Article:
Develop a game plan. Look at your statements, which show how much you need to contribute monthly to pay off the bill in three years or less. Use this payment schedule as a guide and pay the amount needed above the minimum on each card in order to reach or accelerate that goal. Apply any extra money toward the card with the highest interest rate. Once you’ve paid it off, apply that payment amount toward the card with the next highest interest rate, and continue until all the cards are paid. “Can you pay what’s required to get rid of the bill in three years for each of them? If not, get help,” says Gerri Detweiler, personal finance expert at Credit.com.
Contact your creditors if you’re in trouble. Once you realize you will have difficulty paying, tell your creditors. “Some creditors—for example, Bank of America—are coming up with hardship programs that reduce interest to as low as 0% for a period of time,” says Detweiler. You can ask any major credit card company if it has such a program, although you may need to meet certain eligibility criteria. Let them know what you can pay monthly and see what can be worked out.
Whatever you do, don’t skip payments. Skipping payments or paying 30 days after the due date can lower your credit score by 30 to 50 points.
Contact a nonprofit credit counseling agency. Start with the National Foundation for Credit Counseling or the Association of Independent Consumer Credit Counseling Agencies. A credit counselor will review your debt and budget, and assess what you can afford to pay back. You may be advised about enrolling in a debt management plan. Generally, the goal of these programs is to have you debt free in five years or less. You make payments to the agency and it pays your creditors. The fee is usually $50 or less to set up the program and then you’re charged about $25 monthly. In a case of financial hardship, fees may be waived.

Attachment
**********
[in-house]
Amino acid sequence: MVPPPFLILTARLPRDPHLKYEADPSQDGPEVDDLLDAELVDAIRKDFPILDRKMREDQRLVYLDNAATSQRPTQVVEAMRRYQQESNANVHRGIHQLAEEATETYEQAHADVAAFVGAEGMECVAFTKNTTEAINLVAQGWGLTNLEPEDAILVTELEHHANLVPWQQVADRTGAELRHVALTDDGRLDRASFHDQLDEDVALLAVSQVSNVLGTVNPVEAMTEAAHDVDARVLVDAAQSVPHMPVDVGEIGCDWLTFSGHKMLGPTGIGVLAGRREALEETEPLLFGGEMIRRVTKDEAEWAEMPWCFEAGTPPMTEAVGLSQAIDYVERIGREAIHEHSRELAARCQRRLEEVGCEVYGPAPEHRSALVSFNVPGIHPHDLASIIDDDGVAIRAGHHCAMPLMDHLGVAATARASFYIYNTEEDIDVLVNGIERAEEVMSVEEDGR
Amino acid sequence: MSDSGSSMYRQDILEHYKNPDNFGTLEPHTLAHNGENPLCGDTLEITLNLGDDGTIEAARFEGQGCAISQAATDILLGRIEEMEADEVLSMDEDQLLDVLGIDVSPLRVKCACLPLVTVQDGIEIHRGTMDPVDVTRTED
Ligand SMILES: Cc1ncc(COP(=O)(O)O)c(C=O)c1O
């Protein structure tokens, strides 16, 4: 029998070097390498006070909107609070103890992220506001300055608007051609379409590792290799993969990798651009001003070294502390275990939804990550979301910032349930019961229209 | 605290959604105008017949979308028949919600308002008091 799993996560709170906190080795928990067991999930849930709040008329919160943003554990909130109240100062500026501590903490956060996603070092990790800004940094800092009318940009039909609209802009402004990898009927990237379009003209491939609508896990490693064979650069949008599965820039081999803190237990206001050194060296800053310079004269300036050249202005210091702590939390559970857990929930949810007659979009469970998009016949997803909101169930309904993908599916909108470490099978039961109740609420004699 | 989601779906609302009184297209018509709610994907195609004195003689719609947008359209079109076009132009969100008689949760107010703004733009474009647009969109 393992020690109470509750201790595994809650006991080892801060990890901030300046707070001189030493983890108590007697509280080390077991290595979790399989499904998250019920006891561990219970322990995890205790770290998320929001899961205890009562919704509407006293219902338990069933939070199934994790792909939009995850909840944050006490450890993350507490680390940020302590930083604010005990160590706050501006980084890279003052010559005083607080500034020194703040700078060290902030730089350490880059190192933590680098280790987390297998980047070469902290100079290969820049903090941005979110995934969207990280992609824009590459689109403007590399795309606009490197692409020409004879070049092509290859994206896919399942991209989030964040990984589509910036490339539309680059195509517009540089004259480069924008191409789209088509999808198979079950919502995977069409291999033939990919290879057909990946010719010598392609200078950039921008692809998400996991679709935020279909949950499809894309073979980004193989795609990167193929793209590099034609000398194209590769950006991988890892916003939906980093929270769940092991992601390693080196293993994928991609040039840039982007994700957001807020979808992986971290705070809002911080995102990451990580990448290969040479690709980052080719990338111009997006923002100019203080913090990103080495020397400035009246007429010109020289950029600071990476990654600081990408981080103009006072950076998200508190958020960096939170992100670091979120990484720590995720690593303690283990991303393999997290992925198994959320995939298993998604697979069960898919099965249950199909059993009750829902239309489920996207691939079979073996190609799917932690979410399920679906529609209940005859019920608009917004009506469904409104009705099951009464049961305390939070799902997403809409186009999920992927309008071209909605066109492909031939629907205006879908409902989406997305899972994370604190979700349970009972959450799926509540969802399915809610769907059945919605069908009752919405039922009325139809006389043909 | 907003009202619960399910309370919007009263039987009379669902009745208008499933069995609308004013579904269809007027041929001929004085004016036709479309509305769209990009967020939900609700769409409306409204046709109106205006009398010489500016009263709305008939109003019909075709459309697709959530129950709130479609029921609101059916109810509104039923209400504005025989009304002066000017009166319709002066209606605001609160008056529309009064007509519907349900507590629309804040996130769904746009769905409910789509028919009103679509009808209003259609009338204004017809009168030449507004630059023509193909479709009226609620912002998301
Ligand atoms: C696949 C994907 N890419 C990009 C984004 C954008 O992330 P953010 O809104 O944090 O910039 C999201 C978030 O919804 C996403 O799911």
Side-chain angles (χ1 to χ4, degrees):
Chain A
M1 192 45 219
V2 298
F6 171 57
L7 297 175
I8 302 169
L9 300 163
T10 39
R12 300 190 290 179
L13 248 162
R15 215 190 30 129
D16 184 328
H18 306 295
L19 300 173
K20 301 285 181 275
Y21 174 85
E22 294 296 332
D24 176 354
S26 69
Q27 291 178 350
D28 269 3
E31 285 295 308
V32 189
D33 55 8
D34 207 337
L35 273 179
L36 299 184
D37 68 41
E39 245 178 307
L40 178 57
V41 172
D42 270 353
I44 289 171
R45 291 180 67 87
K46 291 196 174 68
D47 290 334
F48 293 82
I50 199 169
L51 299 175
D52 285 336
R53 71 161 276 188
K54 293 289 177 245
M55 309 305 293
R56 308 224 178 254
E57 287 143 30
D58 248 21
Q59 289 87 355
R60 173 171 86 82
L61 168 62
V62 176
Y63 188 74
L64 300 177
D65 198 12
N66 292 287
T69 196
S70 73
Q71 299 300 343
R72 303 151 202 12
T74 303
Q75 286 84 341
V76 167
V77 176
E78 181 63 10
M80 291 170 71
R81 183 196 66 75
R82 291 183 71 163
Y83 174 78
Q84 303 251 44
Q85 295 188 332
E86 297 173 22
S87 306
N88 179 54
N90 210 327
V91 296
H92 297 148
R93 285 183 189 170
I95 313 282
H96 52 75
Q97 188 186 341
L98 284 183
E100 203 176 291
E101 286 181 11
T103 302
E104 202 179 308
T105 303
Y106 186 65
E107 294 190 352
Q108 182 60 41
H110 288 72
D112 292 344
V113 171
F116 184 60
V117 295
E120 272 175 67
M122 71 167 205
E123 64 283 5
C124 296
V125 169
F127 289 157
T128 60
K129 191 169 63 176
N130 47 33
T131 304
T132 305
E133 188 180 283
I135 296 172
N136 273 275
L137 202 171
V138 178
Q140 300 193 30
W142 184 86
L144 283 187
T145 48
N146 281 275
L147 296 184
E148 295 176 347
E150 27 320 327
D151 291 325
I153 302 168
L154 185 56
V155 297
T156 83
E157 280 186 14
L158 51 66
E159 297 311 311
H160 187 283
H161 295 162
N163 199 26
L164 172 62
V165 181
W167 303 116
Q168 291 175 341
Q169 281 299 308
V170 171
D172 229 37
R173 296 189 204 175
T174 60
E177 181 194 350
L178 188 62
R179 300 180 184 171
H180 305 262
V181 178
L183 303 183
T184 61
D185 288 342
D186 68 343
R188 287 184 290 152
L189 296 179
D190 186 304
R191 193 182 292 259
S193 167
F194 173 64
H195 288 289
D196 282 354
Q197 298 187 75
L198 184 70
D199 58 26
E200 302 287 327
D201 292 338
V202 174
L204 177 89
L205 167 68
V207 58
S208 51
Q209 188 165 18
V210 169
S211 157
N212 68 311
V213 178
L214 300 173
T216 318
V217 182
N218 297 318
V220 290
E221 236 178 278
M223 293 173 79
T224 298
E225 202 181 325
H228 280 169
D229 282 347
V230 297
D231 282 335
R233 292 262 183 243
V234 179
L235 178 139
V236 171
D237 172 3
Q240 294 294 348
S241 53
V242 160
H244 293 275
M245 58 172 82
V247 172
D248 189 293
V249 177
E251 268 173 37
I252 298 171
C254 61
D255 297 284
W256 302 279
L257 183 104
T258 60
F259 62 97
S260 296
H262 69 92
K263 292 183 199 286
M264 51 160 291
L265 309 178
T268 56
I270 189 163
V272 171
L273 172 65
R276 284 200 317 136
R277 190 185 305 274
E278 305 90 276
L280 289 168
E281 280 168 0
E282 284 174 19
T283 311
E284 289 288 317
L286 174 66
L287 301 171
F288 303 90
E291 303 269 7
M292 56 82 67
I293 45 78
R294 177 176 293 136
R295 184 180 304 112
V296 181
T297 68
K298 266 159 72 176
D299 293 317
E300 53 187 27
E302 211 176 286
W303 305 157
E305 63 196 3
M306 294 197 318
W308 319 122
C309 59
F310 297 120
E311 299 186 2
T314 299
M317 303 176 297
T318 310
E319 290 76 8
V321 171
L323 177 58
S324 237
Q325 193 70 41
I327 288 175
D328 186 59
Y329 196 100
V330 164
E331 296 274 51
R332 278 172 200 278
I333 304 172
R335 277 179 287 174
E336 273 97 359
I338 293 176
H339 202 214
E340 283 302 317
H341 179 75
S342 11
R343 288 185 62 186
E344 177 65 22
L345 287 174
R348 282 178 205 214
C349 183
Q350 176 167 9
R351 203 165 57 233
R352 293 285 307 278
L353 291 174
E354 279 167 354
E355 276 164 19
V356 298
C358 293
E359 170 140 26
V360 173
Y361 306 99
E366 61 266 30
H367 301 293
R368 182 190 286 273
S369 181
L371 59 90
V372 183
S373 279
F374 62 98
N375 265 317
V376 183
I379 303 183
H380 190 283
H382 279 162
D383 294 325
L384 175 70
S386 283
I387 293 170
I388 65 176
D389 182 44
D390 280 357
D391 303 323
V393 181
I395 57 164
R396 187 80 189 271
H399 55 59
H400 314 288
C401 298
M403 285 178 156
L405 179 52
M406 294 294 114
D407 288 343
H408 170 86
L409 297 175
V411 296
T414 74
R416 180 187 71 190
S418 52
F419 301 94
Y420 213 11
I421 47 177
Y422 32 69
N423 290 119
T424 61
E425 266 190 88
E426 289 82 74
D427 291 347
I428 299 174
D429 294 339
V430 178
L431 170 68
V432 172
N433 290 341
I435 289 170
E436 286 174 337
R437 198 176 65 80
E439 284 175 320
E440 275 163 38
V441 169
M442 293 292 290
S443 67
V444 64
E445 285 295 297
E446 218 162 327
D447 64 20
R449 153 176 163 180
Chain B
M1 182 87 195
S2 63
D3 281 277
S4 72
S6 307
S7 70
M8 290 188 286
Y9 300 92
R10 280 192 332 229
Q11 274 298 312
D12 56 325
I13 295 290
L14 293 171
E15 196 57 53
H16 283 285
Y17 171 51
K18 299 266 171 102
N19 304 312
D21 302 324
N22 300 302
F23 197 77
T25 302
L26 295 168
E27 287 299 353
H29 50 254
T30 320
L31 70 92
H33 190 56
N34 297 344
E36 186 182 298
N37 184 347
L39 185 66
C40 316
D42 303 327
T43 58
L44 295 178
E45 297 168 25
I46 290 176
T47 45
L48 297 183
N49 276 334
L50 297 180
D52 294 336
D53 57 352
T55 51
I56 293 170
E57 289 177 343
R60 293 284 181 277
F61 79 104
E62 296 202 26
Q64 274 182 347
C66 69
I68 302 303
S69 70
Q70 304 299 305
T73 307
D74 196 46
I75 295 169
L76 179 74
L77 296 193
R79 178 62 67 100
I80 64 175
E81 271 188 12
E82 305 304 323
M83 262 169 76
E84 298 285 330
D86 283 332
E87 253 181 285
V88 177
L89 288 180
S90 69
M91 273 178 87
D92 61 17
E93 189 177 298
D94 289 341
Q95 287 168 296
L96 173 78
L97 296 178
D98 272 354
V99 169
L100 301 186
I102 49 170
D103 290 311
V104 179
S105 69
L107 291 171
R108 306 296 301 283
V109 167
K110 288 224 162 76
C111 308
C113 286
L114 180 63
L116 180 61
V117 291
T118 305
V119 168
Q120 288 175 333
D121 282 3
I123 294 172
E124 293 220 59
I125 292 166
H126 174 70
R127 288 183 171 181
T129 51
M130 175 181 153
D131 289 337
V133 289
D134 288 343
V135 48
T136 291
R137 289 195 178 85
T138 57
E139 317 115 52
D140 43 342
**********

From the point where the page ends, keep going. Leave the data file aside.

Don’t raid your retirement fund. “Generally, your retirement money is not touched by creditors if you’re in a crisis,” says Detweiler. Debt settlement should be your last option, she adds. Recent changes in the law require for-profit debt settlement
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